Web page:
Printmaking w/ 6th grade

When a new 6th grade class comes in they always ask me..."Are we gonna make stamps?!" The "Stamping Project" is a lesson on printmaking, and the students love it!

Materials: 4"x6" copy paper, pencil, ebony pencil, Blick Blue easy to cut kit, printing ink, brayers, wooden spoons, 4"x6" various colors of construction paper, 4"x6" newspaper or newsprint, 11"x15" construction paper for matting, water bucket and sponges for clean up

We discuss the work of Andy Warhol and the printmaking process. Positive/Negative Shape is the element of art that I emphasize in this lesson.
Printmaking Vocabulary

Printmaking: A process in which an artist repeatedly transfers an original image from one prepared surface to another.

Relief printing: a form of printmaking in which only the raised areas of the block are printed.

Plate: the surface on which the image is prepared. It can be wood, stone, linoleum or a variety of other materials including cardboard.

Safety Kut: a type of linoleum, which can be used on both sides.

Gouge: the tool used for carving away the negative shape in your design. It comes with a variety of different blades.

Brayer: the rolling device used to spread ink onto the plate and then onto the block.

Baren: a circular tool used to transfer ink onto paper by friction.

Edition: the total number of identical prints (copies) made from one image.
The Process

  • Once your design has been approved, trace the design heavily in ebony pencil 
  • Transfer to the plate by turning it face down retracing your image with pencil on the back, this will apply the pressure needed to make the transfer. 
  • When the first student is done transferring, I will give a carving safety demo!!! I also tell my students that the gouge is a weapon if taken out of the room. 
  • *Tip* number your gouges and assign each student a number. Have them check it in and out every time they use it!
*Please note that this student is carving toward his hand! A big No No which he was advised of after I reviewed the pic and noticed it....

  • The negative (white) shapes will be cut away using gouges leaving the raised positive shapes. Remember to cut away from you and your hand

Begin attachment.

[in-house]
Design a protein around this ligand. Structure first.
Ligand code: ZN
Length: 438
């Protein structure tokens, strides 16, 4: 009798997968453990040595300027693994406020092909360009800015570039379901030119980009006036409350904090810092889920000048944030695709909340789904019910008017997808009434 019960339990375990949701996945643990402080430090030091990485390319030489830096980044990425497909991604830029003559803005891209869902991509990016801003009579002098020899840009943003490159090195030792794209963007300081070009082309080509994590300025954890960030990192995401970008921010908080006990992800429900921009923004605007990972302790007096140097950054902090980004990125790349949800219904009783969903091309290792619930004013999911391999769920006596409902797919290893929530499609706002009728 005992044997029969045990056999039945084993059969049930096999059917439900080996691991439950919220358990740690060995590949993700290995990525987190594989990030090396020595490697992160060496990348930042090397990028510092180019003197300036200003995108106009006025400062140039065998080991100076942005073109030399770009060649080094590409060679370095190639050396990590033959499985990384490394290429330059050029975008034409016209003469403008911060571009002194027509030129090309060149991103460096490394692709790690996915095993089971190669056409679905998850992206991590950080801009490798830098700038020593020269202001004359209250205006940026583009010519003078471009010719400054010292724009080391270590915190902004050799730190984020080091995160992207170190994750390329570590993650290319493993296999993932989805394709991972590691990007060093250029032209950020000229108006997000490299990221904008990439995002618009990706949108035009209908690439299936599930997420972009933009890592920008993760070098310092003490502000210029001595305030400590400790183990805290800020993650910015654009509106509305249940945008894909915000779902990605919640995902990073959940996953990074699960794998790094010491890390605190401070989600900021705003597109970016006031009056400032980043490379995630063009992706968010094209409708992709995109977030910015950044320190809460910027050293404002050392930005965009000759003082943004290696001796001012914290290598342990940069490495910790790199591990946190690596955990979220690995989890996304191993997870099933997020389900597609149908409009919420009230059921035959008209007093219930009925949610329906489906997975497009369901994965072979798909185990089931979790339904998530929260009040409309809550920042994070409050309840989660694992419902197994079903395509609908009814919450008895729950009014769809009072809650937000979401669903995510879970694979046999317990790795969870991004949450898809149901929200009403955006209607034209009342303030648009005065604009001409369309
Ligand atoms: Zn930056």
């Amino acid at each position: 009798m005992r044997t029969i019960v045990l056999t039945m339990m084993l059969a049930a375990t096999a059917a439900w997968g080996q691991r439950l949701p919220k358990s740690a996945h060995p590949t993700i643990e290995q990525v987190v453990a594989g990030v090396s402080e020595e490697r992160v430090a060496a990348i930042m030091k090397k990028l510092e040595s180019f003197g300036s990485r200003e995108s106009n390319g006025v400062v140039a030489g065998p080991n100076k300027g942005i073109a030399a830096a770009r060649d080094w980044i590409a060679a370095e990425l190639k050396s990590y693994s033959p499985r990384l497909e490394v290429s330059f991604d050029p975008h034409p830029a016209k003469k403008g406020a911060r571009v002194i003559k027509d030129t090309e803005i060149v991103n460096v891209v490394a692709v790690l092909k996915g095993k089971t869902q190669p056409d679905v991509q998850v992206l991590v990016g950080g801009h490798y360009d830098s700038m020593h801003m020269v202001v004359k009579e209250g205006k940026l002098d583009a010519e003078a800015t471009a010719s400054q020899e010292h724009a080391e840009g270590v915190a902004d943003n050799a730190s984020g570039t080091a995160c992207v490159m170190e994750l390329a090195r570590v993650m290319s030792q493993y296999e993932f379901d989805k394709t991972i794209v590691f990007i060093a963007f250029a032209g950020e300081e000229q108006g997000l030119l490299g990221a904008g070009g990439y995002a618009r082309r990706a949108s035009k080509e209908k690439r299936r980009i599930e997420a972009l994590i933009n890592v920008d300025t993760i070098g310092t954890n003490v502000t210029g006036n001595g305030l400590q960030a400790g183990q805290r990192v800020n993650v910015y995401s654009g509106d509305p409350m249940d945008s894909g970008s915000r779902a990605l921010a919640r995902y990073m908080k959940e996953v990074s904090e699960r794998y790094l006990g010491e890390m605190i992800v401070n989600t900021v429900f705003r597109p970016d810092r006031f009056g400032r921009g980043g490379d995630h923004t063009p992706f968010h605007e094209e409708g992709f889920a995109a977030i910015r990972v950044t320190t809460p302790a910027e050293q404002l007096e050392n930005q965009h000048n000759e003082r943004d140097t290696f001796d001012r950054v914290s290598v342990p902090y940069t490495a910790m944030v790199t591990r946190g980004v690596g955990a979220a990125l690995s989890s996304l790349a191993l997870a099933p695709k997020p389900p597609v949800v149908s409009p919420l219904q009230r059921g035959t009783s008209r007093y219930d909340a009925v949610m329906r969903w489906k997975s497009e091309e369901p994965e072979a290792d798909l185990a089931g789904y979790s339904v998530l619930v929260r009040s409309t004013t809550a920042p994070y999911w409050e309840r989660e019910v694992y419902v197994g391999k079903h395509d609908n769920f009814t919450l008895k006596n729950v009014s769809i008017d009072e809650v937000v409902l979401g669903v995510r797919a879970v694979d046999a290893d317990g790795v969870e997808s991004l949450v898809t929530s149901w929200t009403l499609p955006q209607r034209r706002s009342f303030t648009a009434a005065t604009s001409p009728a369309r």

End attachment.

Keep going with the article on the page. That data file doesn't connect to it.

• Cut deep enough so that your negative spaces are lower than your positive. (Blick's easy cut blocks have a blue or red inside that show you have carved deep enough)
  • Teacher check of plate

  • *Tip* I have one table that is the "Inking Table". All the mess will stay in one place! I have 8 ink colors and set them up around the table each with its own brayer. Students are instructed to use the ink in that exact spot! Spoons for barens are also placed in the middle of the table. ALL STUDENTS MUST WEAR APRONS AT THE INKING TABLE!!  

  • Squirt a nickel sized amount of ink on the table! Ink will be spread by rolling the brayer through the ink up and down, left and right till you hear a "tacky sticky" sound. Roll ink onto the plate left and right and top to bottom. 

  • *Tip* I have students make a newspaper proof to check that they have carved away all negative shapes
  • A 4"x6" sheet of construction paper is laid on top of the inked plate and a baren (back of spoon) is rubbed in a circular motion on top of this to transfer the ink to the paper. 
  • Pull the print off by pinching at the corner and pulling across. This is called “pulling” the print.

My criteria for this project:
1 newspaper proof
4 - 4"x6" prints matted on 11"x15" paper
(Students are advised that more than 4 prints will have to be made and kept before you will end up with your 4 best prints!)
We hang them on my clay rack to dry!
I go down the roll and assign 8 students to clean one color ink with water and a sponge
2 students take 4 brayers each to the sinks to clean
other students cleanup the rest of the room if needed


Mrs. Skojec said...

What a great lesson! It was so clear and firm, sensible guidelines were in place. I'll bet you are a wonderful teacher! Thanks for helping me with a lesson that I'm a little nervous to do with the middle school students.


Anonymous said...

A bench hook is necessary for safety.

Michelle Cain said...

Very great tips! Thank you very much!

Anonymous said...

Have students wear an old padded ski/snow glove on the hand that holds the plate - great to block those accidental jabs towards the hand!

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